The ad was apparently intended to run while the marriage legislation was under consideration by the Maine Legislature (March or April 2009). Nevertheless, the solicitation does seem to look forward to more communications to voters later in the year: "Throughout the year, we'll be rolling out new ads as we work to identify and motivate marriage activists throughout the Northeast." (italics added) This could easily be a reference to communications to voters in support of a referendum petition drive in Maine, which was actively discussed during the 2009 legislative session.
• As Mr. Karger has noted, the March 2009 solicitations from NOM promise its donors anonymity: "[P]lease make the most generous donation you can to help us keep these important ads on the air. Use this hyperlink to make a secure online donation. And unlike in California, every dollar you give to NOM's Northeast Action Plan today is private, with no risk of harassment from gay marriage protestors."
Because of these factual considerations, the staff of the Maine Ethics Commission would welcome a written response by NOM regarding whether there are sufficient grounds to warrant a Commission investigation or fact-finding to determine if NOM was required to file campaign finance reports as a ballot question committee under 21-A M.R.S.A. § 1056-B or to register and file reports as a PAC under 21-A M.R.S.A. §§ 1052(5)(A), 1053, and 1058.
Mr. Karger has alleged that three other contributors to the Stand for Marriage Maine PAC "laundered money." Because the information provided with regard to these contributors is less specific, the Commission staff is not inviting responses from them. Nevertheless, they are copied on this letter so that they are aware of this matter and have an opportunity to submit comments if they wish.
Thank you for considering this invitation. If you have any questions, please feel free to telephone me at (207) 287-4179 or the Commission's Counsel, Assistant Attorney General Phyllis Gardiner, at (207) 626-8830.
In a August 27 letter, the Iowa Ethics and Campaign Disclosure Board, warns the National Organization for Marriage about their campaign activities in Iowa. Here are the key points of the warning (full letter at bottom of post):NOM has a history of funneling money from the Mormon Church into anti-gay measures, while refusing to disclose the source of their funds.
Last Friday NOM filed an independent expenditure report for nearly $90,000 worth of ads. The letter makes clear that to continue to file in this manner would run afoul of Iowa election laws.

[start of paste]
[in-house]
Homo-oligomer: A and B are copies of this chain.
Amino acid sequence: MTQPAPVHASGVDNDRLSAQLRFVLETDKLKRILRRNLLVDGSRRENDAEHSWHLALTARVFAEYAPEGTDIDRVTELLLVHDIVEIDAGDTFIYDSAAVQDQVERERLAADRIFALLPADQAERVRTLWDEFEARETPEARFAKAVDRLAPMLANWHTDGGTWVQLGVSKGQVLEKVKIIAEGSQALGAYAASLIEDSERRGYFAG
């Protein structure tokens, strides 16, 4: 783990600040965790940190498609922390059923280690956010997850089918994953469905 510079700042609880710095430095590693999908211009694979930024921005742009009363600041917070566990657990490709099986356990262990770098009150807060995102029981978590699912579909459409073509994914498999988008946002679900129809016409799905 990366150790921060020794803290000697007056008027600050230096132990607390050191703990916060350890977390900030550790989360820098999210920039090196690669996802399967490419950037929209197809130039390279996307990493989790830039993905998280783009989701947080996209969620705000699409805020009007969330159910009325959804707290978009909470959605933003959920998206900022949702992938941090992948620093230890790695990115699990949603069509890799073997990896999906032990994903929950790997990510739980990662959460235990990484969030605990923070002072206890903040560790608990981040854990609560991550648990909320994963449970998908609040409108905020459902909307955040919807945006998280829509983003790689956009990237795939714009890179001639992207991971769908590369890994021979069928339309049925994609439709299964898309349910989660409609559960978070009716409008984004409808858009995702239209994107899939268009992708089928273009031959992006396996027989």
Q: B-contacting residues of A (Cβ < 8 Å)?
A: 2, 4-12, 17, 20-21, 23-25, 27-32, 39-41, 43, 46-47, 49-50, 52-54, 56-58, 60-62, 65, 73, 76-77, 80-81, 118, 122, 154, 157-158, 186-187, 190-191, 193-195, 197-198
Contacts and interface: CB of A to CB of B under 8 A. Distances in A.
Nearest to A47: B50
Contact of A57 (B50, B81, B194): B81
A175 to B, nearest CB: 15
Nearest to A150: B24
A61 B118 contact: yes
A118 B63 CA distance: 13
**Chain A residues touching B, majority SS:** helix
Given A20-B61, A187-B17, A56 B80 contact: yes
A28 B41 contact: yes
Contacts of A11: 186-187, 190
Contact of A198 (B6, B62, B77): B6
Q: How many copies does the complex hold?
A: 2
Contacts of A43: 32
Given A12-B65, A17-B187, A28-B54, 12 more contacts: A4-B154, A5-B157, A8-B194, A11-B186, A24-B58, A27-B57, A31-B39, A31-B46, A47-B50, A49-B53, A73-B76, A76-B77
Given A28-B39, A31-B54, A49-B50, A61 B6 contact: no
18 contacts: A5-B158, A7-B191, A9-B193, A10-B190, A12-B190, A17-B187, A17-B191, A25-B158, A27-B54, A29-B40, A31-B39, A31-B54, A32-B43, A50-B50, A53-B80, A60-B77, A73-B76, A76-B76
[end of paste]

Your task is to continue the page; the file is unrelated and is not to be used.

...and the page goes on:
- Only an “insignificant and insubstantial amount” of NOM’s income is permitted to come from business organizations
- If advocacy activities in Iowa exceed $750, NOM must form a PAC and disclose contributors
- “To continue to file an independent expenditure statement for future elections in Iowa would mean that your organization is not raising more than $750 from outside sources for such purposes”
One Iowa has been calling for NOM to release the names of their contributors since Monday. Please sign our petition now to keep their feet to the fire!
NOM had previously marketed the following claim to perspective donors: “NOM has the ability to protect donor identities, ensuring that you, your family, and your business are not targeted by gay marriage advocates for harassment.”
The anti-gay marriage group has spent thousands to flood rural Iowa with ads for an anti-gay legislative candidate and has raised funds specifically for their “Reclaim Iowa” campaign. The special election is set for next Tuesday and reports show that NOM has spent more than either of the candidates have spent on the race!
NOM is trying to buy this special election! Demand that they release their donors!
Casting Director James Stiles is putting out the word that he’s looking for two 'real Maine' women to appear in a television ad produced by supporters of traditional marriage.Well, if you're a struggling actor, you'll definitely get attention. Just maybe not the kind you want.
Stiles is looking for a 'teacher type' and a 'working waitress type,' both in the 35-45 age range. If you want to try out, he’s holding auditions from 11 a.m. to 7 p.m. Wednesday (Sept. 2) at the Howard Johnson in South Portland.
If you’re hired, it’s a three day gig that pays $500 a day.
We respect the referendum process and the public’s right to vote, but we have been increasingly concerned that, along with other issues our observers have noted with signatures being accepted that in the view of observers should have been rejected, the Secretary of State has accepted thousands of signatures that were not in compliance with State laws related to fraud in the signature-gathering process.Lurleen of Pam's House Blend reports:
Because of the limited number of signatures turned in, failure to enforce these laws could well lead to a measure being qualified for the ballot that should not be, and that measure has the potential to strip away important protections from thousands of families all across the state. There are domestic partners in every county of the state. They are same sex couples and heterosexual couples where one or both partners is 62 years or older. These couples should not have to worry about whether a partner can take sick leave to care for a loved one who is ill. A firefighter should not have to worry about whether her children will be taken care of if something should happen to her while fighting a fire. These are basic rights and protections that all families should have. Those trying to qualify Referendum 71 for the ballot do not think that families different than theirs should have these protections, so they are trying to overturn the law.